Among laws taking effect around the country with the start of the New Year, one has direct ties to a UCSB student gunned down in the prime of life.
Marsalee “Marsy” Nicholas, a resident of Malibu’s Point Dume was an award-winning equestrian and model in her last quarter of school when a neighbor and former boyfriend stalked and fatally shot her in 1983.
A week later after visiting her daughter’s grave, Marsy’s mother, Marcella Leach, walked into a grocery store and was confronted by the accused killer, Kerry Michael Conley.
She had no idea the man was out on bail.
The encounter only heightened the mother’s grief.
Mr. Conley would eventually be convicted of second-degree murder, a jury in Santa Monica finding that he intended to kill Ms. Nicholas but didn’t plan the crime. He was sentenced to 17 years to life in 1985.
Marsy’s brother, Henry T. Nicholas, the billionaire co-founder of Broadcom Corp., was spurred to action, donating millions to political and victims’ rights groups aimed at punishing offenders.
“I have made my commitment to do whatever I can to keep murderers and dangerous felons behind bars, whether they be the killer of my sister or anyone else,” Mr. Nicholas said in a statement at the time of the killer’s parole hearing in 2007.
He died in prison that same year.
The following year, California voters passed Marsy’s Law, a state constitutional amendment significantly expanding the rights of crime victims in California to include:
• Fair and respectful treatment for privacy and dignity, and to be free from intimidation, harassment, and abuse, throughout the criminal or juvenile justice process;
• To be reasonably protected from the defendant and persons acting on behalf of the defendant;
• To have the safety of the victim and the victim’s family considered in fixing the amount of bail and release conditions for the defendant;
• To prevent the disclosure of confidential information or records to the defendant which could be used to locate or harass the victim or the victim’s family.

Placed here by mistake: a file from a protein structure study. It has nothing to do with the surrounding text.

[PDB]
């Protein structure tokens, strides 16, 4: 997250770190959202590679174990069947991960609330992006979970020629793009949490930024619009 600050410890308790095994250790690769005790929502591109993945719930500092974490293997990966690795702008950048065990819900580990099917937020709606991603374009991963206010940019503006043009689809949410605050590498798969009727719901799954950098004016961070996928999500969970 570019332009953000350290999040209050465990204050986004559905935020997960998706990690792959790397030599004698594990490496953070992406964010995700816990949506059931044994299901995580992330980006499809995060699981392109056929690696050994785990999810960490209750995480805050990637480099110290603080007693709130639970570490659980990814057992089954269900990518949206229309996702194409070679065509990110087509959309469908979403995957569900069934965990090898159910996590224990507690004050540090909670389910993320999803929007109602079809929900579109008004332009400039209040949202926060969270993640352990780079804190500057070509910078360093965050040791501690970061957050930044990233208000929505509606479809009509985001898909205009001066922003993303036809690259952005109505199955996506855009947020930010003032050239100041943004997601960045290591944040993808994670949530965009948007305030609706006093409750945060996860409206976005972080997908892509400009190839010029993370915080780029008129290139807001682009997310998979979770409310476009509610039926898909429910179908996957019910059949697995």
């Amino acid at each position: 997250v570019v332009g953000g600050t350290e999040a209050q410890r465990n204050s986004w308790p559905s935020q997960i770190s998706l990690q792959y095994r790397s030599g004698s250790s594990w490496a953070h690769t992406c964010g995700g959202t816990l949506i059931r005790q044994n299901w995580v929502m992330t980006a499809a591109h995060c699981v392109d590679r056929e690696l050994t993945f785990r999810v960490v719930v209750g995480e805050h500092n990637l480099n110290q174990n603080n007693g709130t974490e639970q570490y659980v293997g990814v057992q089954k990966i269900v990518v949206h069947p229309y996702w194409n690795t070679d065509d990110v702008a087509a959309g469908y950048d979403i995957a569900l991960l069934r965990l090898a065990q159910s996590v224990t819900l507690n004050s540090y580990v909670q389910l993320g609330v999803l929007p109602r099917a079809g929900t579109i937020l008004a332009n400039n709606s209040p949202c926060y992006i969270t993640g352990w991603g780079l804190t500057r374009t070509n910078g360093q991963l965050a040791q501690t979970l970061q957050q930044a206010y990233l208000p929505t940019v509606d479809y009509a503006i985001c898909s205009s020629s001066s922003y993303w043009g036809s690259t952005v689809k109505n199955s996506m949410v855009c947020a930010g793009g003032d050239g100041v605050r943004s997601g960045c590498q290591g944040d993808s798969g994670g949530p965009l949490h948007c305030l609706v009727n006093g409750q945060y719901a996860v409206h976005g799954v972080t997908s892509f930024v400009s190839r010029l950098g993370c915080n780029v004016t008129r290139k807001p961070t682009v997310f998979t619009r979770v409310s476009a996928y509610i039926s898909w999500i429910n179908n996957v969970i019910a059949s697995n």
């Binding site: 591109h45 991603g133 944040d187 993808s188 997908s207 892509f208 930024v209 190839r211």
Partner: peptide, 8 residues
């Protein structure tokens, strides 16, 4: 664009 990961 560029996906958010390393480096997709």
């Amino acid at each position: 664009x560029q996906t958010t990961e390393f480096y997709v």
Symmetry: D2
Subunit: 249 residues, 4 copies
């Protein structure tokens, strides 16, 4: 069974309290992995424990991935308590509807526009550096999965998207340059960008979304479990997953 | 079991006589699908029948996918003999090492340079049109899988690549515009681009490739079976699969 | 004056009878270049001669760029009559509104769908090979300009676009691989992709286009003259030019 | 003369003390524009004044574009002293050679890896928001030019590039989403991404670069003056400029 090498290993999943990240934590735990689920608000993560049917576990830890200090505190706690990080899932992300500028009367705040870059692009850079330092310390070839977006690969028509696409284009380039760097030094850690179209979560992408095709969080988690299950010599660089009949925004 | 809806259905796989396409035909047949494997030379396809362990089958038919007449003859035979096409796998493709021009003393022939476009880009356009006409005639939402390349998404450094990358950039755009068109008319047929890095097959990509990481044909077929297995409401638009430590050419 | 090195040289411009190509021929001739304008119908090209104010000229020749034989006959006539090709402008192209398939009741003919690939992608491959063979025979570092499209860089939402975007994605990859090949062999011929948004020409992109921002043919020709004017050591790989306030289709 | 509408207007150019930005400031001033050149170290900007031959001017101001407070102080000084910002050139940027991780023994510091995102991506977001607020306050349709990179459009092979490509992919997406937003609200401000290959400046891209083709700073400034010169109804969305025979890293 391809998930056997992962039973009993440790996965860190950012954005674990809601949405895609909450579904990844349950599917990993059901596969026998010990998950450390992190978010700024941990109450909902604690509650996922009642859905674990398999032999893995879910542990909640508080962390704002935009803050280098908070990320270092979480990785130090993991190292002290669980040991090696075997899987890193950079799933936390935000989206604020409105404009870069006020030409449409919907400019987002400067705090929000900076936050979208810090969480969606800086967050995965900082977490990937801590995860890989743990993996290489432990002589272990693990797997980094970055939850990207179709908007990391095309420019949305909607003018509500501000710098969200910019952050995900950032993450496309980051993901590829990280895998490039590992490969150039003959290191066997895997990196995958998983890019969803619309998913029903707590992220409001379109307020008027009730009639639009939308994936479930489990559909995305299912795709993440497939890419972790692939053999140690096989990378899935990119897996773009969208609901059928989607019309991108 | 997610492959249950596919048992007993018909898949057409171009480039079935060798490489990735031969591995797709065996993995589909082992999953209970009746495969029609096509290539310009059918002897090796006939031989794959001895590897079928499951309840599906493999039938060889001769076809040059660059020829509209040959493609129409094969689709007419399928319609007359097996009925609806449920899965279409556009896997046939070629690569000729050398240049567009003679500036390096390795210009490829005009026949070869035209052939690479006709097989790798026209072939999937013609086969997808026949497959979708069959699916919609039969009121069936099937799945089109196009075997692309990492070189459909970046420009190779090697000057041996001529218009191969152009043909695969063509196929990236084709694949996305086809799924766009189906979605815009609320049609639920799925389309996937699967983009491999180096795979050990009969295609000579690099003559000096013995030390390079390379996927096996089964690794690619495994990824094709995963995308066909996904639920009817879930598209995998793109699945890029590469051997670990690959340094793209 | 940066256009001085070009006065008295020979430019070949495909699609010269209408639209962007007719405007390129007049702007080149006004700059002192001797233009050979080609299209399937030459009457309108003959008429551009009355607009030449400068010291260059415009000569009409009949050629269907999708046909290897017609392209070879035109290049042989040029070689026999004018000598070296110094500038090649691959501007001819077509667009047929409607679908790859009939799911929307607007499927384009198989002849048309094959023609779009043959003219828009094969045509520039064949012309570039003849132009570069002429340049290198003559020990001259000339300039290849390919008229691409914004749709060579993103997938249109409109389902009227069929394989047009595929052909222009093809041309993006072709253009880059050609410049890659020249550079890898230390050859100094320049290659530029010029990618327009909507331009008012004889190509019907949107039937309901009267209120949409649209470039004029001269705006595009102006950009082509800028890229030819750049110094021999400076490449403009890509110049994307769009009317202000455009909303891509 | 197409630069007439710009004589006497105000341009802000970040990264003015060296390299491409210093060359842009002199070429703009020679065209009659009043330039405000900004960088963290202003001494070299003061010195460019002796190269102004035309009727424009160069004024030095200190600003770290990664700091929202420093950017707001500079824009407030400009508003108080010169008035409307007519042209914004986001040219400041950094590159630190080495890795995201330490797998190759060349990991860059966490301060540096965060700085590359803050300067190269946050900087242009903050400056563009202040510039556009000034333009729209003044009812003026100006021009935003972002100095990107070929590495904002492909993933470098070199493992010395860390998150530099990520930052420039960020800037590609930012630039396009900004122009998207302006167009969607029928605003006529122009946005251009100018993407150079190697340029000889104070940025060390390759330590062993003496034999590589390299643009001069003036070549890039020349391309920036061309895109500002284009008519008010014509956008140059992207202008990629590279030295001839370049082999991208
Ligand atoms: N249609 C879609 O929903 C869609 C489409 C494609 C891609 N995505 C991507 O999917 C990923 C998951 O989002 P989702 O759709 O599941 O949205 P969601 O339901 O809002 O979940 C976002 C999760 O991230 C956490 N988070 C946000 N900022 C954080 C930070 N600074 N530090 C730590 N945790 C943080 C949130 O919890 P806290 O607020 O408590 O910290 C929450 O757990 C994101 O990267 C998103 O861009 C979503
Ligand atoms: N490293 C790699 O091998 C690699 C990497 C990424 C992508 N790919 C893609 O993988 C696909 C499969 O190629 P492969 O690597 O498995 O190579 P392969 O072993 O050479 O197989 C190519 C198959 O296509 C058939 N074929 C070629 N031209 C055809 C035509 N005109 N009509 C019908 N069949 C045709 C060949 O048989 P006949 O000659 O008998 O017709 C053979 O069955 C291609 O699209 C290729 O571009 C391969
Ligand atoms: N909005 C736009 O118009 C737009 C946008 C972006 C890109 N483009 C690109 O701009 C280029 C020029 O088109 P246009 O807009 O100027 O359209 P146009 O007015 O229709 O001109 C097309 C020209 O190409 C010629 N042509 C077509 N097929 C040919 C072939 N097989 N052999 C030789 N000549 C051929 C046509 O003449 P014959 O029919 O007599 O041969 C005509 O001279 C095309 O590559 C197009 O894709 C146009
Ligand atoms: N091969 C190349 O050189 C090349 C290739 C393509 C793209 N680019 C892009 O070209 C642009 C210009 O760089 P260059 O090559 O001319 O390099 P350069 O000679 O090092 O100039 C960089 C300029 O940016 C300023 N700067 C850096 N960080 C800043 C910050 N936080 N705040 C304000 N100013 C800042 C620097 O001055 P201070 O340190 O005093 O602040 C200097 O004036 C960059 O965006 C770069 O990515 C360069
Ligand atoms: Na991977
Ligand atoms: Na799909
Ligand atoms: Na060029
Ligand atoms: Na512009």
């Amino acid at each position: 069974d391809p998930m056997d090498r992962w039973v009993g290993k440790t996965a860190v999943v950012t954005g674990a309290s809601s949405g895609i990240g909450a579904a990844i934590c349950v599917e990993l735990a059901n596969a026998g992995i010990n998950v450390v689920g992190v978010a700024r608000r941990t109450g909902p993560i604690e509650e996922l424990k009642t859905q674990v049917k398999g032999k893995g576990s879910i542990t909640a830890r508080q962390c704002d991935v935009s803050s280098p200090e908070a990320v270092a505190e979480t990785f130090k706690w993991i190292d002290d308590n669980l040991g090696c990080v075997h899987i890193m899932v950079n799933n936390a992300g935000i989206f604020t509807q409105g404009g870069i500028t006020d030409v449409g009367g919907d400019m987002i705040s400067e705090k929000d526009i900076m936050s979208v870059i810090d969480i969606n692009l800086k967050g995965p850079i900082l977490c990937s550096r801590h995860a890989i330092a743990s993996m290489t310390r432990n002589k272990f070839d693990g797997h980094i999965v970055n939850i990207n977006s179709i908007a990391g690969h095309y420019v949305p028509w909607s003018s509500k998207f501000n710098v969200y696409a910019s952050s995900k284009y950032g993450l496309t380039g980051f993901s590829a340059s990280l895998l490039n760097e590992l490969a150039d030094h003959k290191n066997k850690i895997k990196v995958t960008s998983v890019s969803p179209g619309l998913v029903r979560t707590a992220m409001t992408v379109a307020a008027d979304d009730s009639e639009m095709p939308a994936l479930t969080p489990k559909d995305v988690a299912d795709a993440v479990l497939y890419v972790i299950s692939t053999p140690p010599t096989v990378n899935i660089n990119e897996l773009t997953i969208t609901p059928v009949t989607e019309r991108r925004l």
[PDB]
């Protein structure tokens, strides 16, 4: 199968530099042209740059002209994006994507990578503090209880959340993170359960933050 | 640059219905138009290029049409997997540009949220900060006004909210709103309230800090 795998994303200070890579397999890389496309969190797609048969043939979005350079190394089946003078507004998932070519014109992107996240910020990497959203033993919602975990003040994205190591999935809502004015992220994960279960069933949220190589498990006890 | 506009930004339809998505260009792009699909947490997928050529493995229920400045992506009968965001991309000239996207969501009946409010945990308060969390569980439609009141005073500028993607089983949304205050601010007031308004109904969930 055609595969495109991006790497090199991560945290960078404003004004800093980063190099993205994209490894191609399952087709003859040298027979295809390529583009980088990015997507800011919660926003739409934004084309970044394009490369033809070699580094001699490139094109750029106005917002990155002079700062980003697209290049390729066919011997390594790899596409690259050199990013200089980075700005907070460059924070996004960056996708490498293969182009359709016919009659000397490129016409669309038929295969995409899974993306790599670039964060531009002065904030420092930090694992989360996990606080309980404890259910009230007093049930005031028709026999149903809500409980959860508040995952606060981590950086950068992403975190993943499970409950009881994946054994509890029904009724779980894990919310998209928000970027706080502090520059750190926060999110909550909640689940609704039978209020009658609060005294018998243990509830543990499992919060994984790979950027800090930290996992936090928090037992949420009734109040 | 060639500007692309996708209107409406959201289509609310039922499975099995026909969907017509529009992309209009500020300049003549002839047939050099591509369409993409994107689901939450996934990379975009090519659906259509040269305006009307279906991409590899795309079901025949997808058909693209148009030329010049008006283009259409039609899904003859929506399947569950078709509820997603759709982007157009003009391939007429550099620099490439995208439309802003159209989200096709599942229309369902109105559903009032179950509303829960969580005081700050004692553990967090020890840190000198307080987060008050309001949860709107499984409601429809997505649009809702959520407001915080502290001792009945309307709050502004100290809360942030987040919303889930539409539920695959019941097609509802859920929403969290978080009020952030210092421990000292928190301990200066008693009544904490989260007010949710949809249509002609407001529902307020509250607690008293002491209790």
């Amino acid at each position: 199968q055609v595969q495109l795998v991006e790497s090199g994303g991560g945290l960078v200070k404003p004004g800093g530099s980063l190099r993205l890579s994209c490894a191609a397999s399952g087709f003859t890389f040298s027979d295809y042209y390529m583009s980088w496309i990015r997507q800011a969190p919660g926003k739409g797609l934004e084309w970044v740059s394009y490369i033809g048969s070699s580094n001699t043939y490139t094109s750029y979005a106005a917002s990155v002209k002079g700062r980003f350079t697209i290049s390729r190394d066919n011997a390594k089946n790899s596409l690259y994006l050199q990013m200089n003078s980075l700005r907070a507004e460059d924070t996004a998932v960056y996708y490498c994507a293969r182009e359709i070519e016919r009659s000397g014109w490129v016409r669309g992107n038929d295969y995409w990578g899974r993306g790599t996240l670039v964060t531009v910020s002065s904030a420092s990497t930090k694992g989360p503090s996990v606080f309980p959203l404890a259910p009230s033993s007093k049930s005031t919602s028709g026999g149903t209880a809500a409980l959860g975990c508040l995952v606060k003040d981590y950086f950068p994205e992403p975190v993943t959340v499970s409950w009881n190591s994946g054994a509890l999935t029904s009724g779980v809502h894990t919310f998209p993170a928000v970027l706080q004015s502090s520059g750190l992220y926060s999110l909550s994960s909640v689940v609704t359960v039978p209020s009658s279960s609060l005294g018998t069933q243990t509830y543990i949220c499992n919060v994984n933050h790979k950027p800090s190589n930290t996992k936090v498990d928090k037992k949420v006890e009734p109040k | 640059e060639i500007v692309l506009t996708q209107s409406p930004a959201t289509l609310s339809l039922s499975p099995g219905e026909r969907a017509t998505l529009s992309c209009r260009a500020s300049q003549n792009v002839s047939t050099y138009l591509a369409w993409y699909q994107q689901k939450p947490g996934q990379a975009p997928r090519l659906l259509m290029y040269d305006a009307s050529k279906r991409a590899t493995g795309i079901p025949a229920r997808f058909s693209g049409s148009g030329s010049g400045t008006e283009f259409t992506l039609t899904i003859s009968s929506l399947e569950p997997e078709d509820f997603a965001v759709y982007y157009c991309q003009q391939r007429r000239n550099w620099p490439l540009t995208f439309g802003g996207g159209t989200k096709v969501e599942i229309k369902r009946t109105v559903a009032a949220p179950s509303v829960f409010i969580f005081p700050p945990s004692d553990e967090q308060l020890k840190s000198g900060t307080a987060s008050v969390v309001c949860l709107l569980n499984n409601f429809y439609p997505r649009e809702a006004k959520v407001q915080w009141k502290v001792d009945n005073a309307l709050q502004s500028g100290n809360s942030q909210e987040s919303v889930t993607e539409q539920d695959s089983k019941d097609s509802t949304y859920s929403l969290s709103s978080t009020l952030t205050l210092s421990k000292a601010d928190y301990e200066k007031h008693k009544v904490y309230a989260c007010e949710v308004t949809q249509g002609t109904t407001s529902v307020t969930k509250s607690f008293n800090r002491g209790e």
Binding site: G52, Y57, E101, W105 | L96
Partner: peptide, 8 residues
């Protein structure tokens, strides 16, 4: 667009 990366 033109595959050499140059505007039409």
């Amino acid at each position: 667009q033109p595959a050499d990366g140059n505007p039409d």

The same year California voters spoke, Marsy’s father, Robert Leach, died. Her mother died in 2015.
On Tuesday, Georgia became the latest state to institute such a law, and a similar amendment is set to take effect later in the week in Florida. Six more states are set to launch a version of the law this year.
Georgia and Florida voters passed versions in November, giving victims and families notice of major developments as their cases move through court.
Georgia’s version passed with 81 percent of the vote, Florida’s with 61.
WJXT in Jacksonville, Fla., reported that before the state’s measure takes effect on Tuesday, the Florida Senate Criminal Justice Committee will hold a workshop with public defenders, prosecuting attorneys and the Florida Sheriff’s Association.
It’s been less smooth sailing in Kentucky, where the state Supreme Court is deciding whether to allow a Marsy’s Law victims bill of rights to become part of the state constitution.
While voters approved the amendment in November, reports the Messenger-Inquirer, in Owensboro, Ky., the results were not certified.
The Kentucky Association of Criminal Defense Lawyers sued over the language that appeared on the ballot, saying it was insufficient. A circuit court judge agreed, saying the ballot language did not fully explain what rights would be granted victims of crimes.
Here’s the language, straight from the ballot: “Are you in favor of providing constitutional rights to victims of crime, including the right to be treated fairly, with dignity and respect, and the right to be informed and to have a voice in the process.”
“Are you in favor of providing constitutional rights to victims of crime, including … the right to be informed and to have a voice in the process.”
Kentucy’s Marsy’s Law ballot measure
The Kentucky Supreme Court agreed to hear the case, bypassing the Court of Appeals.
In their brief, according to the Messenger-Inquirer, the Marsy’s Law attorneys argued Kentucky law does not require a ballot question to spell out every last detail of a constitutional amendment. The language only has to give voters the “substance” of the amendment.
Association of Criminal Defense Lawyers will file their response and the Kentucky Supreme Court is scheduled to hear oral arguments on the case Feb. 8.